Climate Progress reported in March that NOAA said GOP’s proposed satellite funding cuts could halve accuracy of precipitation forecasts. CAP’s Kiley Kroh updates the story.
Earlier this year, Congressional Republicans decided accurate weather forecasting and hurricane tracking were services the American people could live without. The GOP-sponsored 2011 spending bill slashed the budget for the National Oceanic and Atmospheric Administration, slashing $700 million targeted for an overhaul of the nation’s aging environmental satellite system. NOAA scientists have stated unequivocally the existing satellites will fail and if they aren’t replaced, the agency’s ability to provide life-saving information to the American people will be compromised. Jane Lubchenco, NOAA administrator, told reporters yesterday that the agency’s hurricane outlook last year was “spot-on” and cautioned that “not having satellites and applying their latest capabilities could spell disaster“:
Satellites are a must-have when it comes to detecting and tracking dangerous tropical weather. Not having satellites and their capabilities could spell disaster. NOAA’s satellites underpin hurricane forecasts by providing meteorological data over vast areas where we don’t have other means of information.
Highlighting the critical need for accurate forecasting, yesterday NOAA released their annual hurricane forecast predicting yet another “above-normal” hurricane season. This year, Americans can expect up to 18 named storms and as many as six that could become category five hurricanes. Last year’s hurricane season was one of the busiest on record and that is a trend we can expect to continue. Rising ocean temperatures have been found to increase the frequency and intensity of hurricanes – and this year, ocean temperatures are four degrees higher than normal. These alarming trends aren’t limited to hurricanes – scientists have found that as a result of climate change, killer weather is now the “new normal.”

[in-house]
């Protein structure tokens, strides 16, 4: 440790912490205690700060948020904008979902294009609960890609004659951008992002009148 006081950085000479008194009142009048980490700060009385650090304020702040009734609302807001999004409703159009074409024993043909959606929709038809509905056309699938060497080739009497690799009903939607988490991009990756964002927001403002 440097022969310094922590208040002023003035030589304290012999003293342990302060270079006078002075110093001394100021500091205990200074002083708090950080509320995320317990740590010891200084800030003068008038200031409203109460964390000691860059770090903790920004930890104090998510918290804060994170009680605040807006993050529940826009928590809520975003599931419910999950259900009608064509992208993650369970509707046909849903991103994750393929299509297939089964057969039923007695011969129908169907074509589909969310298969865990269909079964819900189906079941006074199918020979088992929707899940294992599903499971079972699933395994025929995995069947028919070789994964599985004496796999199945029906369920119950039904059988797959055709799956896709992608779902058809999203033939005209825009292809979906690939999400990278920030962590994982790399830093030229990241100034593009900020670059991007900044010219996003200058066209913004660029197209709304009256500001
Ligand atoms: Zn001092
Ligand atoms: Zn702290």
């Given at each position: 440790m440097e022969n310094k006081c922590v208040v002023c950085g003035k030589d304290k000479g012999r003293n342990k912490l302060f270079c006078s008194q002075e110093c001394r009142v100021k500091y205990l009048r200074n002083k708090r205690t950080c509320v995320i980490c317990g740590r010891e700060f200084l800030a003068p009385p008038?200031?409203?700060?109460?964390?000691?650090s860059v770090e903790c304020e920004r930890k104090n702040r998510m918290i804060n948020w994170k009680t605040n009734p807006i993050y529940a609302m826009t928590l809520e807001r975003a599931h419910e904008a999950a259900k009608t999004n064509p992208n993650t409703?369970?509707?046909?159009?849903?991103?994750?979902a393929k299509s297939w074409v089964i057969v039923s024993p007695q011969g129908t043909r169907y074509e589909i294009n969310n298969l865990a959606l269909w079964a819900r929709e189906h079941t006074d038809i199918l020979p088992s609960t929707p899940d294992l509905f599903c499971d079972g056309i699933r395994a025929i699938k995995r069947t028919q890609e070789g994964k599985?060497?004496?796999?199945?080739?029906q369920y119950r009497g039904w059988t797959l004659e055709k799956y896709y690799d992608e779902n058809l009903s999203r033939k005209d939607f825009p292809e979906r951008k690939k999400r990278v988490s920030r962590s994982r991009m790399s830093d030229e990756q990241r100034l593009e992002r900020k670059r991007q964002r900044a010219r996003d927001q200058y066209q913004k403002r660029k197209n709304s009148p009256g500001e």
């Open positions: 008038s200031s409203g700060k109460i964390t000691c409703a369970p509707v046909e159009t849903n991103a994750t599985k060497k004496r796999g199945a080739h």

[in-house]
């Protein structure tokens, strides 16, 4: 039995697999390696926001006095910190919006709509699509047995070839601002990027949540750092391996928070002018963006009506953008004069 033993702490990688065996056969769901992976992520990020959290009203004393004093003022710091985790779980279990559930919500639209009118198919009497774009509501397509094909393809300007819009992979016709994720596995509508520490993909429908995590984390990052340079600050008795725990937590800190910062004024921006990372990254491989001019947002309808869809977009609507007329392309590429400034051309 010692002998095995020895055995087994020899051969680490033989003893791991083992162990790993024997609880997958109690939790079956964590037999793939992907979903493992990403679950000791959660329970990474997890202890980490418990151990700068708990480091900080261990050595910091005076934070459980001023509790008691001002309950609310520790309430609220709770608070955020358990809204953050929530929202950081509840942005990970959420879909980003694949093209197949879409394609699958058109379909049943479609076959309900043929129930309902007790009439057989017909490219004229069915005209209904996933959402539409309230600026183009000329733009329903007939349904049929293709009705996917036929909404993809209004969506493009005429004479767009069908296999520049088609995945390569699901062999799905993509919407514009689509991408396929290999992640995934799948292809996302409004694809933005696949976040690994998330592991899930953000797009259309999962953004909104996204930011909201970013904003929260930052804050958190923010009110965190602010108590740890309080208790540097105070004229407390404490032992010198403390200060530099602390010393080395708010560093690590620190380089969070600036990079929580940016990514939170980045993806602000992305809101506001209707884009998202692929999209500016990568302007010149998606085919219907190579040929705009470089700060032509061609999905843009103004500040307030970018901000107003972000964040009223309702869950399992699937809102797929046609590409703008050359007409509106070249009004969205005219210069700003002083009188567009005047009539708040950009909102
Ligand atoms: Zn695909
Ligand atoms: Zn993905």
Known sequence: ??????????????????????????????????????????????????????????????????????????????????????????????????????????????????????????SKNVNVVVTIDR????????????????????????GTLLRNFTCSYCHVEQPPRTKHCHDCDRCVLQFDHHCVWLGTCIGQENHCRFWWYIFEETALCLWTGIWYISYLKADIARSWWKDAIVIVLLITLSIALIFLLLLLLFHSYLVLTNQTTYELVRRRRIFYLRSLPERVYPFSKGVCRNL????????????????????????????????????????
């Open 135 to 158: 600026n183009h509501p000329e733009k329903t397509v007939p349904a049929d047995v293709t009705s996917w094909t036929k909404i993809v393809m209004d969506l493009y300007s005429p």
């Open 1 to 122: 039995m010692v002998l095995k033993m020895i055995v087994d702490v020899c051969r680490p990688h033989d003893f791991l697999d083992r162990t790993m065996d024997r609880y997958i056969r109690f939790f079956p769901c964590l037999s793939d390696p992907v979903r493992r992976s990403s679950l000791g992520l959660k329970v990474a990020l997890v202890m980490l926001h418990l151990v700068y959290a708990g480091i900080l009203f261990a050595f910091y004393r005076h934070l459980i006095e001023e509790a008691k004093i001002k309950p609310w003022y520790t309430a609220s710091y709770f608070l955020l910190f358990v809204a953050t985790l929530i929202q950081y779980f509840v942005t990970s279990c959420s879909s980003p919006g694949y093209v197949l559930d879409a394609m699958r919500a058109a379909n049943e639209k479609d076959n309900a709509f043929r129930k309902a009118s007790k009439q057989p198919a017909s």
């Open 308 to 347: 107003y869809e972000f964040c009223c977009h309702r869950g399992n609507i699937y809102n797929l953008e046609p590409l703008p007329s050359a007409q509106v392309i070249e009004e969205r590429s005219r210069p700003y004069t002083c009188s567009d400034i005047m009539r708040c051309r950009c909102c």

“Because we have insufficient funds in the ’11 budget, we are likely looking at a period of time a few years down the road where we will not be able to do the severe storm warnings and long-term weather forecasts that people have come to expect today,” Lubchenco said.
Though the GOP got their way this year, the battle over NOAA’s budget is far from over – if funding isn’t restored, the federal government will be limited in its ability to anticipate devastating storms and warn the citizens in harm’s way. Will the GOP be so dismissive of American lives the second time around?
— Kiley Kroh, Associate Director for Ocean Communications at the Center for American Progress Action Fund.
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